A British food scientist says there's no need to make New Zealand's country-of-origin food labelling system mandatory as the voluntary system appears to be working well in promoting this country's produce.
Dr Mark Woolfe, who worked for the UK's Department of Environment, Food and Rural Affairs for 26 years, told a traceability symposium in Wellington that he has been staggered by the strong promotion of local products in New Zealand supermarkets.
The Green Party and fruit and vegetable grower representative Horticulture New Zealand have refreshed their calls for mandatory country-of-origin labelling, or COOL as its known in the trade, on fresh food.
They say most of New Zealand's trading partners have it and it applies to most of our other imports.
They also say it would help in the promotion of locally grown produce.
However, Dr Woolfe says the voluntary system appears to be working well in promoting local production and his suggestion is "leave it alone".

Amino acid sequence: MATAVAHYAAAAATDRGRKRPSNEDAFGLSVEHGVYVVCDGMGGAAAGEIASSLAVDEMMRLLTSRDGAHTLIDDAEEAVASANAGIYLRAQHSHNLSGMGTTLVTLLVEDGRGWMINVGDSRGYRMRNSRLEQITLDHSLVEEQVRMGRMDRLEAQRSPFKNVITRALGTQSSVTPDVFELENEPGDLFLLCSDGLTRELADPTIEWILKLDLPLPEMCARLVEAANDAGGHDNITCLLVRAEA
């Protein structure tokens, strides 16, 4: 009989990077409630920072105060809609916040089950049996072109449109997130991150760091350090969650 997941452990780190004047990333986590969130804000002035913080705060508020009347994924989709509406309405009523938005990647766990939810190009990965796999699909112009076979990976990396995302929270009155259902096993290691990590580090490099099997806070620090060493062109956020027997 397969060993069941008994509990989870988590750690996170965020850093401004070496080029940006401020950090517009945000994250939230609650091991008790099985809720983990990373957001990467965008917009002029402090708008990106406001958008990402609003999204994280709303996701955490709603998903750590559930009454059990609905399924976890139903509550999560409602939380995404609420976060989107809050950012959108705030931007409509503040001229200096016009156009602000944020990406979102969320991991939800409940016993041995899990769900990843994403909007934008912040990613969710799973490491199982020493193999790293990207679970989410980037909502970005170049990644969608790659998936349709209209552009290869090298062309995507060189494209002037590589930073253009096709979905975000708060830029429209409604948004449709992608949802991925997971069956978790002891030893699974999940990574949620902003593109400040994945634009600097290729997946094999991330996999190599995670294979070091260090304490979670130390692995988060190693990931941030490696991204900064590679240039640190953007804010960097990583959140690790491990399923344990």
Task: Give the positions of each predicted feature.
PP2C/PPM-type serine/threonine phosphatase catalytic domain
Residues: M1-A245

"It is only when there is unfair competition that politicians then turn to legislation as a way of trying to avoid that," he says.
Dr Woolfe concedes says COOL is increasing across the world and if New Zealand does decide to adopt it in the future, the system should be based on the one used in Australia rather than the example of the European Union.
He says the European Union legislation is very prescriptive and, he believes, gives information that "confuses the consumer rather than makes it clear".